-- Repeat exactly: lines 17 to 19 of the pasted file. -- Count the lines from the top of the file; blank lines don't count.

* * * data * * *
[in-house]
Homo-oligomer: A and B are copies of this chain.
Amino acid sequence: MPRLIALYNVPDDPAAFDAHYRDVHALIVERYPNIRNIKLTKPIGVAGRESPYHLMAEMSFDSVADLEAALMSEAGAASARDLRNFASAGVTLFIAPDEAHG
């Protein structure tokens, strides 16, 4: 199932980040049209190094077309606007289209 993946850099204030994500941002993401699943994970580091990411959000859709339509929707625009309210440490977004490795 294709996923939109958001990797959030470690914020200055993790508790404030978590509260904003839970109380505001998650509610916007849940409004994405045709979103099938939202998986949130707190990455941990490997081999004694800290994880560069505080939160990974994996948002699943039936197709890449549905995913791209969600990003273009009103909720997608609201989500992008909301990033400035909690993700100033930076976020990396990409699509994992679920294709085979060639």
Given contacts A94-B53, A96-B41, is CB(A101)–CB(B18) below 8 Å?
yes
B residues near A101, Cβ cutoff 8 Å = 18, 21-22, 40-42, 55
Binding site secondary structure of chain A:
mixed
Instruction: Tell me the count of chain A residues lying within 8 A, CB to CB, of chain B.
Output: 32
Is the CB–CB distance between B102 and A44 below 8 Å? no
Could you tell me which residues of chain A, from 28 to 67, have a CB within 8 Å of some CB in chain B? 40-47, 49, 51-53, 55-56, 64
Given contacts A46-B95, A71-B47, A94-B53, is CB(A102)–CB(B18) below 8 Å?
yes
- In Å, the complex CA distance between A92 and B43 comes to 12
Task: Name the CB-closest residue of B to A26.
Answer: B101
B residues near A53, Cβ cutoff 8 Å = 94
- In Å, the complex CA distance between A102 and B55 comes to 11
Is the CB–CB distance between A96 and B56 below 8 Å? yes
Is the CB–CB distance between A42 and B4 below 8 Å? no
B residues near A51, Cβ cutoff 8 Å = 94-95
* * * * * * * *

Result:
Task: Name the CB-closest residue of B to A26.
Answer: B101
B residues near A53, Cβ cutoff 8 Å = 94